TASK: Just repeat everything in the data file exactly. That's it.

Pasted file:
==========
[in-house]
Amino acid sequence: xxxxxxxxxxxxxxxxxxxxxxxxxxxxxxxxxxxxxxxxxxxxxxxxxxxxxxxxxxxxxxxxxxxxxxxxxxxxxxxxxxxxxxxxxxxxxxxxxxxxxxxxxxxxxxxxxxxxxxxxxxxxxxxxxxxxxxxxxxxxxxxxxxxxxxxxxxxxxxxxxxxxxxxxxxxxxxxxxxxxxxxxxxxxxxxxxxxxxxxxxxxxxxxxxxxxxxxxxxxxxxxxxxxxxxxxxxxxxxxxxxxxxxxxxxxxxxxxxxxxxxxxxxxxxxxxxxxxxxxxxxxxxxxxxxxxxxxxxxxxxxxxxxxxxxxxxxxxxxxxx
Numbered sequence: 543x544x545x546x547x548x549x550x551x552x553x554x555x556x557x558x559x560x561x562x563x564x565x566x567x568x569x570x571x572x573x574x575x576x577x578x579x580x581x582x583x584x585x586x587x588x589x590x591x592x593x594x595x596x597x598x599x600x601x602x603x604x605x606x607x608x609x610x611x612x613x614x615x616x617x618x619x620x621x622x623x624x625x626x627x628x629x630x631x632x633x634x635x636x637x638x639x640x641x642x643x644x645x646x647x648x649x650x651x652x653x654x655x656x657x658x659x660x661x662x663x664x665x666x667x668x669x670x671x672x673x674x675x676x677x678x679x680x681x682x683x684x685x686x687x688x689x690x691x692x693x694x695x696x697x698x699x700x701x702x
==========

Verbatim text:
[in-house]
Amino acid sequence: xxxxxxxxxxxxxxxxxxxxxxxxxxxxxxxxxxxxxxxxxxxxxxxxxxxxxxxxxxxxxxxxxxxxxxxxxxxxxxxxxxxxxxxxxxxxxxxxxxxxxxxxxxxxxxxxxxxxxxxxxxxxxxxxxxxxxxxxxxxxxxxxxxxxxxxxxxxxxxxxxxxxxxxxxxxxxxxxxxxxxxxxxxxxxxxxxxxxxxxxxxxxxxxxxxxxxxxxxxxxxxxxxxxxxxxxxxxxxxxxxxxxxxxxxxxxxxxxxxxxxxxxxxxxxxxxxxxxxxxxxxxxxxxxxxxxxxxxxxxxxxxxxxxxxxxxxxxxxxxxx
Numbered sequence: 543x544x545x546x547x548x549x550x551x552x553x554x555x556x557x558x559x560x561x562x563x564x565x566x567x568x569x570x571x572x573x574x575x576x577x578x579x580x581x582x583x584x585x586x587x588x589x590x591x592x593x594x595x596x597x598x599x600x601x602x603x604x605x606x607x608x609x610x611x612x613x614x615x616x617x618x619x620x621x622x623x624x625x626x627x628x629x630x631x632x633x634x635x636x637x638x639x640x641x642x643x644x645x646x647x648x649x650x651x652x653x654x655x656x657x658x659x660x661x662x663x664x665x666x667x668x669x670x671x672x673x674x675x676x677x678x679x680x681x682x683x684x685x686x687x688x689x690x691x692x693x694x695x696x697x698x699x700x701x702x